Mysterious substance sickens prison staff in Ohio and Pennsylvania

PHOTO: The Ross Correctional Institution, July 16, 2014, in Chillicothe, Ohio. PlayAndrew Welsh-Huggins/AP
WATCH Nation's chief doctor urges access to opioid overdose antidote

All Pennsylvania state prisons have been placed on immediate lockdown due to reports of multiple staff members being sickened by "unknown substances" over the past few weeks, the state's Department of Corrections announced Wednesday.

In addition to the lockdown, visits to state prisons will be suspended and mail rooms are closed to non-legal mail, according to the press release.

PHOTO: A housing unit in the west section of the State Correctional Institution at Phoenix in Collegeville, Penn., June 1, 2018. Jacqueline Larma/AP
A housing unit in the west section of the State Correctional Institution at Phoenix in Collegeville, Penn., June 1, 2018.

Employees will undergo training on situational awareness and the use of personal protective equipment, "especially gloves," which are mandatory for all employees, the department said.

Staff are also being advised to use "extra caution" when new inmates are admitted into the prison.

"The safety and security of our employees is my number one concern," Pennsylvania Department of Corrections Secretary John Wetzel said in a statement. "Our state prisons, especially those in the western part of the state, have experienced recent incidents in which employees have been sickened and we need to get to the bottom of this now."

PHOTO: Inmates walk across a yard at the State Correctional Institution at Camp Hill, Jan. 13, 2017, in Camp Hill, Penn. Marc Levy/AP
Inmates walk across a yard at the State Correctional Institution at Camp Hill, Jan. 13, 2017, in Camp Hill, Penn.

The state's Opioid Operations Command Center is providing support during the lockdown, according to the department.

Pennsylvania isn't the only state experiencing substance control issues within its prison system.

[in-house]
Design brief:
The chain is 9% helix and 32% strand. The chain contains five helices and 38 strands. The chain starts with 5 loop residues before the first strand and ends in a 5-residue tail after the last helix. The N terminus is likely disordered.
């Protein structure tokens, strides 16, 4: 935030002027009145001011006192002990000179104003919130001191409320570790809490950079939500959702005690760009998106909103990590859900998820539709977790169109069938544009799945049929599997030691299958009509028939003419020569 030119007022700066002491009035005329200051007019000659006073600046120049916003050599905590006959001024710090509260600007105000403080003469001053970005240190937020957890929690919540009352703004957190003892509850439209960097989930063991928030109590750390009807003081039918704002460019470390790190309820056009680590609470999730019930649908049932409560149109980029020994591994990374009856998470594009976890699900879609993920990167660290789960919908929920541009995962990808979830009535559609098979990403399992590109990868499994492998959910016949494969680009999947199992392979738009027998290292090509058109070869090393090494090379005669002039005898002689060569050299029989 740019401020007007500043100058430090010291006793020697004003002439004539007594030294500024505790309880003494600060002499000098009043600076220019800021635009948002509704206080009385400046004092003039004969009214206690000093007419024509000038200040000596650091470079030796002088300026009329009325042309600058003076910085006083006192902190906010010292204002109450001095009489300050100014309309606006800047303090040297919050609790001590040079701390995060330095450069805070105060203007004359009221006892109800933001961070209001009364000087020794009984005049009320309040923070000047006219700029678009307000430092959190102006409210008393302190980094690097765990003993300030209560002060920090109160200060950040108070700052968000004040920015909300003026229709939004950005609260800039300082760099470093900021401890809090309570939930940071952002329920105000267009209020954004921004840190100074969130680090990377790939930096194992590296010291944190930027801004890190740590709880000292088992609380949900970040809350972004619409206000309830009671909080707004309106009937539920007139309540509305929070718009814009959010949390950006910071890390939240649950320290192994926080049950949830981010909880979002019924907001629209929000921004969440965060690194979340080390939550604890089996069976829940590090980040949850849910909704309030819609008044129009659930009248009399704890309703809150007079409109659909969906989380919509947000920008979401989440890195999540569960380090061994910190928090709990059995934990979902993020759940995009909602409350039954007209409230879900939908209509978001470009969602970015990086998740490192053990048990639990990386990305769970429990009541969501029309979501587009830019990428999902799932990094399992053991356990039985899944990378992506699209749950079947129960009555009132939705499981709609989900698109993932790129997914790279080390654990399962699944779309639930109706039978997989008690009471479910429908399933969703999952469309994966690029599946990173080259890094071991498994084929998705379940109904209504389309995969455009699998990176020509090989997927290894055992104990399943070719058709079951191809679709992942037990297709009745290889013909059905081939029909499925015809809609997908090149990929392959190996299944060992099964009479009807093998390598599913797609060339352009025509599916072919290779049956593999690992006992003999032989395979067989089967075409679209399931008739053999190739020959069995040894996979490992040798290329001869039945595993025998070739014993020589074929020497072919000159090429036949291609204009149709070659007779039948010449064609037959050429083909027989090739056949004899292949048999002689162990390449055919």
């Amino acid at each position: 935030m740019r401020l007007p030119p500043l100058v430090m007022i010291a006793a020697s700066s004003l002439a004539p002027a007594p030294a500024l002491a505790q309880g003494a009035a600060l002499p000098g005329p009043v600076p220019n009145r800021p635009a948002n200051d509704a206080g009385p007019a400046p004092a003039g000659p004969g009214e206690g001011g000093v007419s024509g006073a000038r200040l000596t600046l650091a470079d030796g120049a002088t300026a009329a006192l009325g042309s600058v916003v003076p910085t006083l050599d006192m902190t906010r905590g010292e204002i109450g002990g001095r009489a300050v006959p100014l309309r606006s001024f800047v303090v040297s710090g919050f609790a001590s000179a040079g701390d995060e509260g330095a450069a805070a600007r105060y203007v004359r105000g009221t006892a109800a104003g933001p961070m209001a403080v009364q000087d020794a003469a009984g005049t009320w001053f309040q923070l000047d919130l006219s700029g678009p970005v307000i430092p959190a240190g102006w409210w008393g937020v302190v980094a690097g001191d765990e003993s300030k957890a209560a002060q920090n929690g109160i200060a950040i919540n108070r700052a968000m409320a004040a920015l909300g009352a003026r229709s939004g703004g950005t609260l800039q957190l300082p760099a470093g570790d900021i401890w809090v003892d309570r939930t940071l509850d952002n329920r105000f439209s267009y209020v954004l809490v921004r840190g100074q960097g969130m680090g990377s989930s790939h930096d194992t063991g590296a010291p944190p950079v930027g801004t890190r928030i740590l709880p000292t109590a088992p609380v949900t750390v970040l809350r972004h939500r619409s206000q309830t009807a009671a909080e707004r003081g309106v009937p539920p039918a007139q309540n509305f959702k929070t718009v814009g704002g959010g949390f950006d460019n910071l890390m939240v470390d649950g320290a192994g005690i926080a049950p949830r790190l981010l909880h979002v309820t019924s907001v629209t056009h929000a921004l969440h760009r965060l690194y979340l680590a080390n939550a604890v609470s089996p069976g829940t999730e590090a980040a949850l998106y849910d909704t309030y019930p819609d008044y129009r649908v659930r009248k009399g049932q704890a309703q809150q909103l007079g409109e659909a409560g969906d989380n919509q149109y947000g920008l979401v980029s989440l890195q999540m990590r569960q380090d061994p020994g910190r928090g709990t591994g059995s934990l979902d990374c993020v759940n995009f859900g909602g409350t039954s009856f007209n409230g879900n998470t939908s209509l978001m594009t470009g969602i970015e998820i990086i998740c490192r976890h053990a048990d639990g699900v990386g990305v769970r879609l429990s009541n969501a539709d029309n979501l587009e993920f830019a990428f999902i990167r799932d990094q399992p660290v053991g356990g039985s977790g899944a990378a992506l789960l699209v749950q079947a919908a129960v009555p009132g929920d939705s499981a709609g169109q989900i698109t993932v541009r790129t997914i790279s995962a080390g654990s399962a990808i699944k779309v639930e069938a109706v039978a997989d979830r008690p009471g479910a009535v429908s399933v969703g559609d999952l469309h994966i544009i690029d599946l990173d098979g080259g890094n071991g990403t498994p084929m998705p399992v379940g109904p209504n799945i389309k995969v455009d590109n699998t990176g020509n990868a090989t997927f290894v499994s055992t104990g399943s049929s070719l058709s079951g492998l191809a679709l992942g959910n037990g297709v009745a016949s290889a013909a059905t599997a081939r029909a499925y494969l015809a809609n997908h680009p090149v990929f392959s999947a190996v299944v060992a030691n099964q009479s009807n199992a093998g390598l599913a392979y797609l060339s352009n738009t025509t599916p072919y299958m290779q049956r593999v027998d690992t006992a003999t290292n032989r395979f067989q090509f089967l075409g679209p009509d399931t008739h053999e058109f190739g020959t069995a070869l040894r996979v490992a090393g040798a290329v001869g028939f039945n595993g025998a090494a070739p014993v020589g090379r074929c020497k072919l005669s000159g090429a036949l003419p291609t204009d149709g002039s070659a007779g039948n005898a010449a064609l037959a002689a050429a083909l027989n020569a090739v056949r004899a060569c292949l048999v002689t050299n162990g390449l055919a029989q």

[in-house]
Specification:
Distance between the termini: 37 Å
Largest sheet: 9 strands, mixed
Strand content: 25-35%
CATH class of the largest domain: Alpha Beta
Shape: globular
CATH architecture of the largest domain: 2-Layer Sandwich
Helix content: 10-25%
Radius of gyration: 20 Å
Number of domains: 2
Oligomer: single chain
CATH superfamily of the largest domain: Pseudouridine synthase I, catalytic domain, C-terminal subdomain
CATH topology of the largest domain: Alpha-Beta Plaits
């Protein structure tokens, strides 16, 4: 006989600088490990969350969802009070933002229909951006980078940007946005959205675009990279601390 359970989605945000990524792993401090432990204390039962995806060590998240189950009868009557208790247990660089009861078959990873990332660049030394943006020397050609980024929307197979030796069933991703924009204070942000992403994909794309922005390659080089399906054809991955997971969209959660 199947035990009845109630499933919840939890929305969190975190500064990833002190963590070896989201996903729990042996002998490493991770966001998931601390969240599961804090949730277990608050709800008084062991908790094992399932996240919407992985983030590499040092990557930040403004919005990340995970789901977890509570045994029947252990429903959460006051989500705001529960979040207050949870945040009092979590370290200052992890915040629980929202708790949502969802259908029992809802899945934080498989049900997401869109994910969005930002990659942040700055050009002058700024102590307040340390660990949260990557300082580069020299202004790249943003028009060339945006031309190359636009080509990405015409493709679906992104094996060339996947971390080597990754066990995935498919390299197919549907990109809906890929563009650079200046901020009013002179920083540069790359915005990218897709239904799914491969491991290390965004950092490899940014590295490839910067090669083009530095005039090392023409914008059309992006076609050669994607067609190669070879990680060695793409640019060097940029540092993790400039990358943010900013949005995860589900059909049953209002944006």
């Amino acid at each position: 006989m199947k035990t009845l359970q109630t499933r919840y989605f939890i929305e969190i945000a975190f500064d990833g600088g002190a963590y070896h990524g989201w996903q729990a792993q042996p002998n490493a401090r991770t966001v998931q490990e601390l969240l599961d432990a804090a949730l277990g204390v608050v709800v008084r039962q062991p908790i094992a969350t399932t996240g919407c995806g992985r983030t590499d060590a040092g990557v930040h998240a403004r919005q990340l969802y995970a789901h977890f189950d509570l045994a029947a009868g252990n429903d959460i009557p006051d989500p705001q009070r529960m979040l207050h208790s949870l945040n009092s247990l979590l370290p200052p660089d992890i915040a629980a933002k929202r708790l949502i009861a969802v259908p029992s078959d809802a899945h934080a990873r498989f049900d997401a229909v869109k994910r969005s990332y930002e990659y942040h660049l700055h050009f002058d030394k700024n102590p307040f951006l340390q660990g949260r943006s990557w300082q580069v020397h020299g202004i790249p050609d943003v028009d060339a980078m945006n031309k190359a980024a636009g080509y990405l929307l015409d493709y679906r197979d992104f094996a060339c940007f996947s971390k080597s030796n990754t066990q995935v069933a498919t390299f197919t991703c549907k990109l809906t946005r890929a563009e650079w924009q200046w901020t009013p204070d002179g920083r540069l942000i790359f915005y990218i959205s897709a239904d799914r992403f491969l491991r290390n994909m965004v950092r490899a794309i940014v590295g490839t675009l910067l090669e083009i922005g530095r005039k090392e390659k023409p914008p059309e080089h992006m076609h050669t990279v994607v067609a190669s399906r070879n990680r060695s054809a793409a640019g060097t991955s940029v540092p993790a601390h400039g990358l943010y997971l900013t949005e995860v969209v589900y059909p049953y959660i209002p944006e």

Multiple inmates and employees at an Ohio state prison received an overdose-reversal drug Wednesday morning after being exposed to an unknown substance, authorities said.

A total of 29 people at the Ross Correctional Institution in Chillicothe -- including officers, nurses and inmates – were exposed and then transported to the nearby Adena Regional Medical Center for treatment.

PHOTO: The Ross Correctional Institution, July 16, 2014, in Chillicothe, Ohio. Andrew Welsh-Huggins/AP
The Ross Correctional Institution, July 16, 2014, in Chillicothe, Ohio.

All are now responsive, the Ohio State Highway Patrol, which is investigating the incident, said in a news release.

The victims received several doses of naloxone, an antidote for narcotic overdoses, and an additional 300 doses were available at the facility if needed.

Authorities alerted the hospital around 9:30 a.m. local time that it would be receiving "numerous unresponsive patients,” Adena Regional Medical Center said in a statement.

The contaminated cell block has been cleared and all individuals from the area have been temporarily relocated within the facility, authorities said.

A hazardous material decontamination team was deployed for cleanup.

"The facility is secure with no safety threat to the public," State Highway Patrol said.